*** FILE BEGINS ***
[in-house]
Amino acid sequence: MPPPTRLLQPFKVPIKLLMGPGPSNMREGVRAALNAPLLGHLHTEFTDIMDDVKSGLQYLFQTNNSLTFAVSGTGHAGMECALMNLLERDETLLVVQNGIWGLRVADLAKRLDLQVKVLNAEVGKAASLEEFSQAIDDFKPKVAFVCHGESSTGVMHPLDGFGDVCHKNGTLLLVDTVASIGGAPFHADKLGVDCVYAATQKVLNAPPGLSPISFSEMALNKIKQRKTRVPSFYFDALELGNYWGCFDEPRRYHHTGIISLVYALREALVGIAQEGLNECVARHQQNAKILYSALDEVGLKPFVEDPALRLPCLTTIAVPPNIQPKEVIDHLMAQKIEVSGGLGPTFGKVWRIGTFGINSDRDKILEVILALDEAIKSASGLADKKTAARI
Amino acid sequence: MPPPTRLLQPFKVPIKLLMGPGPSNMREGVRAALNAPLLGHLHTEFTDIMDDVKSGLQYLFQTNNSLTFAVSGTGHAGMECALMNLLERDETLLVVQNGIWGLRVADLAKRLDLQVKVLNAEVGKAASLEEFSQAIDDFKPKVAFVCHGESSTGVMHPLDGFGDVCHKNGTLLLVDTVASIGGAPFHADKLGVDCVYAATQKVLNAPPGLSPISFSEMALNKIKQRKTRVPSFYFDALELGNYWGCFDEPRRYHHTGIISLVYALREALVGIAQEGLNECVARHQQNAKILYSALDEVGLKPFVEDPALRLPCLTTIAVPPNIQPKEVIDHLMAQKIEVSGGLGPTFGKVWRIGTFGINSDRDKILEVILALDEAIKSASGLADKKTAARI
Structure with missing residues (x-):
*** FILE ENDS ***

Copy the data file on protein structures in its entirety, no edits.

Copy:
[in-house]
Amino acid sequence: MPPPTRLLQPFKVPIKLLMGPGPSNMREGVRAALNAPLLGHLHTEFTDIMDDVKSGLQYLFQTNNSLTFAVSGTGHAGMECALMNLLERDETLLVVQNGIWGLRVADLAKRLDLQVKVLNAEVGKAASLEEFSQAIDDFKPKVAFVCHGESSTGVMHPLDGFGDVCHKNGTLLLVDTVASIGGAPFHADKLGVDCVYAATQKVLNAPPGLSPISFSEMALNKIKQRKTRVPSFYFDALELGNYWGCFDEPRRYHHTGIISLVYALREALVGIAQEGLNECVARHQQNAKILYSALDEVGLKPFVEDPALRLPCLTTIAVPPNIQPKEVIDHLMAQKIEVSGGLGPTFGKVWRIGTFGINSDRDKILEVILALDEAIKSASGLADKKTAARI
Amino acid sequence: MPPPTRLLQPFKVPIKLLMGPGPSNMREGVRAALNAPLLGHLHTEFTDIMDDVKSGLQYLFQTNNSLTFAVSGTGHAGMECALMNLLERDETLLVVQNGIWGLRVADLAKRLDLQVKVLNAEVGKAASLEEFSQAIDDFKPKVAFVCHGESSTGVMHPLDGFGDVCHKNGTLLLVDTVASIGGAPFHADKLGVDCVYAATQKVLNAPPGLSPISFSEMALNKIKQRKTRVPSFYFDALELGNYWGCFDEPRRYHHTGIISLVYALREALVGIAQEGLNECVARHQQNAKILYSALDEVGLKPFVEDPALRLPCLTTIAVPPNIQPKEVIDHLMAQKIEVSGGLGPTFGKVWRIGTFGINSDRDKILEVILALDEAIKSASGLADKKTAARI
Structure with missing residues (x-):